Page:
Stop Throwing Your Watermelon Seeds Away! Use This Recipe Instead To Make a Healthy Drink.

by DailyHealthPost Editorial

watermelon seeds

watermelon seeds teaWatermelon gets a bad rap as being a food relatively low in nutrients; most people assume it’s mostly sugar and water, but it actually has many potential health benefits, including asthma prevention, blood pressure regulation, and easing muscle soreness after particularly harsh workout sessions.

But one component of the watermelon that is often overlooked is the seed, which has its own nutritional content and health benefits as well. Instead of spitting out the seeds, next time you enjoy a watermelon snack, consider saving them instead!

Watermelon seeds are rich in protein, which has led to research on incorporating watermelon seeds into the diets of people in developing countries(1), who may not have access to more traditional sources of protein. An early report on the dietary use of watermelon seeds in India suggested that watermelon seeds might have cleansing properties due to their nature as a diuretic(2); more recent research confirms that in large enough amounts, watermelon seeds can have a diuretic effect, which can help with weight management as well as kidney and bladder health(3).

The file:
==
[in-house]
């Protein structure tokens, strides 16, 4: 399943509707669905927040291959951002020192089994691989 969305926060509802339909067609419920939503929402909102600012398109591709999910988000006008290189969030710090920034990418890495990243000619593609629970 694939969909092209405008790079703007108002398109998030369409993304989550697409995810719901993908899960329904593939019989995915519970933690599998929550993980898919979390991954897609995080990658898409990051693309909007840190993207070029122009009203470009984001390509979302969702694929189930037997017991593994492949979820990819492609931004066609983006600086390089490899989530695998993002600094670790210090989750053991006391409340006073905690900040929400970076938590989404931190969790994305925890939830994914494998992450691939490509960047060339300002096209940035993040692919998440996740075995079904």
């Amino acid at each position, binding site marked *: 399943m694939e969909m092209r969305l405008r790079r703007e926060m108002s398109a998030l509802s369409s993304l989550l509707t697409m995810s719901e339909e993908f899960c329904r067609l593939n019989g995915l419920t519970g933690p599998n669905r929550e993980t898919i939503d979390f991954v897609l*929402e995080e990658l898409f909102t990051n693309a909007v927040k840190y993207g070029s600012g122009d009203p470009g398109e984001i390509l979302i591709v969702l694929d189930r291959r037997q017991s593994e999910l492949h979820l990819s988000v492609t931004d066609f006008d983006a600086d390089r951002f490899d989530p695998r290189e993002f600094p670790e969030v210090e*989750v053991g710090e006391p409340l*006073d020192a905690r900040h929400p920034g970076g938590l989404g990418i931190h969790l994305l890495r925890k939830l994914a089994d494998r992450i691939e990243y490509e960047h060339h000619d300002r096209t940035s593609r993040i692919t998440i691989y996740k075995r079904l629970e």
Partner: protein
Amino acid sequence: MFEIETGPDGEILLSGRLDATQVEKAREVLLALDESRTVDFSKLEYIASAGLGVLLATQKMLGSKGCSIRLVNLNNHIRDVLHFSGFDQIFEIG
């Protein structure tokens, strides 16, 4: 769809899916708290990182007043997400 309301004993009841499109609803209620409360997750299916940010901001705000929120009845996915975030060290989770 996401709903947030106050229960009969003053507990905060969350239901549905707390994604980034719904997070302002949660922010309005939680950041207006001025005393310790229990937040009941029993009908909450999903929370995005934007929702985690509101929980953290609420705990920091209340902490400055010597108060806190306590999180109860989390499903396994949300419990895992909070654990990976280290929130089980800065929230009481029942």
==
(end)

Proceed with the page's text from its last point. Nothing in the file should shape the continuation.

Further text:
Mild diuretics like watermelon seeds are often used in cleanse diets, such as the lemonade cleanse diet made famous by performing artist Beyonce.

Watermelon seeds can be baked with salt for a protein-rich and tasty snack, which has a similar flavor and consistency to pumpkin seeds, or prepared in a tea to maximize its diuretic effects.

How To Make Watermelon Seed Tea


  • 30-40 watermelon seeds, fresh or dried
  • water


  1. Crush 4 tablespoons of fresh watermelon seeds using a mortar and pestle, or grind them up in a food processor.
  2. Cook for 10 minutes in two litres of water over high heat.
  3. Drink the entire two litres of tea over a period of two days for full effect.

This tea is especially good for those with digestive issues, or those who are prone to urinary tract infections. So instead of opting for seedless watermelons – which are less flavourful than watermelons with seeds and are part of a relatively new strain of watermelon mass-produced for consumers – or spitting out the seeds and throwing them away, the next time you eat watermelon, consider saving the seeds to roast or brew in a tea. Your body will ultimately thank you for providing it with such a nutritious snack or beverage.